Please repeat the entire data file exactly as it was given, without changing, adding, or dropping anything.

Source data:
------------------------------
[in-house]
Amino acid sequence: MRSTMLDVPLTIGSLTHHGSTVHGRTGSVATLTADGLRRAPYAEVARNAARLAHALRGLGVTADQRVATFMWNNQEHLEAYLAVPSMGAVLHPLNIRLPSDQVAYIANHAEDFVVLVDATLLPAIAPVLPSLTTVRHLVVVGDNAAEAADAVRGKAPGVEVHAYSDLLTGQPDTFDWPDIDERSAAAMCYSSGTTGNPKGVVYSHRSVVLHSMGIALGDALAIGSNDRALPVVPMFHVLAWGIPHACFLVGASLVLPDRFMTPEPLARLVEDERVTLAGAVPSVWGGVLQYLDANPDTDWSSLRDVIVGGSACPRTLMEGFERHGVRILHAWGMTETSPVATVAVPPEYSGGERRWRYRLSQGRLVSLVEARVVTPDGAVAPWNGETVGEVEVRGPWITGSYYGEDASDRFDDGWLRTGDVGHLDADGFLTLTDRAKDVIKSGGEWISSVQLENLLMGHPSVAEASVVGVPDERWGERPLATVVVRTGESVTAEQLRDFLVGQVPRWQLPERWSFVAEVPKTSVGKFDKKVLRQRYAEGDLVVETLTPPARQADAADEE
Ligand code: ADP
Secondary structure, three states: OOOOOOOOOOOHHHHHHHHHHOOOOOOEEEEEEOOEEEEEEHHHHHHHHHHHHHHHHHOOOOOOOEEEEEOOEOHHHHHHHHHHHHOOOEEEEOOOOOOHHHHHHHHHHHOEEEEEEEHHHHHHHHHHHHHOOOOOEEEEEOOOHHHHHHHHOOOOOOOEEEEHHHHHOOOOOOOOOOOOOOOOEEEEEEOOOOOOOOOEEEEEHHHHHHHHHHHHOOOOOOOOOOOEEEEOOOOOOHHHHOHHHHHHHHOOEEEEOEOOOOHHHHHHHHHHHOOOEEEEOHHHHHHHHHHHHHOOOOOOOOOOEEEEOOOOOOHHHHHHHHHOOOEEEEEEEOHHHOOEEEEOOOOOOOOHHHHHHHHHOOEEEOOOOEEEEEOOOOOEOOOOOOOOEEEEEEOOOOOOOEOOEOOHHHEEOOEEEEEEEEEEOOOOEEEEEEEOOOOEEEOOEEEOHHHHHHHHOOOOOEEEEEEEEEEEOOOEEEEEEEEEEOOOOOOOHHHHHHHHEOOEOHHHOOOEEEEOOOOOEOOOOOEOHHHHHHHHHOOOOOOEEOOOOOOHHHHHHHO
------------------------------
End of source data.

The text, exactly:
[in-house]
Amino acid sequence: MRSTMLDVPLTIGSLTHHGSTVHGRTGSVATLTADGLRRAPYAEVARNAARLAHALRGLGVTADQRVATFMWNNQEHLEAYLAVPSMGAVLHPLNIRLPSDQVAYIANHAEDFVVLVDATLLPAIAPVLPSLTTVRHLVVVGDNAAEAADAVRGKAPGVEVHAYSDLLTGQPDTFDWPDIDERSAAAMCYSSGTTGNPKGVVYSHRSVVLHSMGIALGDALAIGSNDRALPVVPMFHVLAWGIPHACFLVGASLVLPDRFMTPEPLARLVEDERVTLAGAVPSVWGGVLQYLDANPDTDWSSLRDVIVGGSACPRTLMEGFERHGVRILHAWGMTETSPVATVAVPPEYSGGERRWRYRLSQGRLVSLVEARVVTPDGAVAPWNGETVGEVEVRGPWITGSYYGEDASDRFDDGWLRTGDVGHLDADGFLTLTDRAKDVIKSGGEWISSVQLENLLMGHPSVAEASVVGVPDERWGERPLATVVVRTGESVTAEQLRDFLVGQVPRWQLPERWSFVAEVPKTSVGKFDKKVLRQRYAEGDLVVETLTPPARQADAADEE
Ligand code: ADP
Secondary structure, three states: OOOOOOOOOOOHHHHHHHHHHOOOOOOEEEEEEOOEEEEEEHHHHHHHHHHHHHHHHHOOOOOOOEEEEEOOEOHHHHHHHHHHHHOOOEEEEOOOOOOHHHHHHHHHHHOEEEEEEEHHHHHHHHHHHHHOOOOOEEEEEOOOHHHHHHHHOOOOOOOEEEEHHHHHOOOOOOOOOOOOOOOOEEEEEEOOOOOOOOOEEEEEHHHHHHHHHHHHOOOOOOOOOOOEEEEOOOOOOHHHHOHHHHHHHHOOEEEEOEOOOOHHHHHHHHHHHOOOEEEEOHHHHHHHHHHHHHOOOOOOOOOOEEEEOOOOOOHHHHHHHHHOOOEEEEEEEOHHHOOEEEEOOOOOOOOHHHHHHHHHOOEEEOOOOEEEEEOOOOOEOOOOOOOOEEEEEEOOOOOOOEOOEOOHHHEEOOEEEEEEEEEEOOOOEEEEEEEOOOOEEEOOEEEOHHHHHHHHOOOOOEEEEEEEEEEEOOOEEEEEEEEEEOOOOOOOHHHHHHHHEOOEOHHHOOOEEEEOOOOOEOOOOOEOHHHHHHHHHOOOOOOEEOOOOOOHHHHHHHO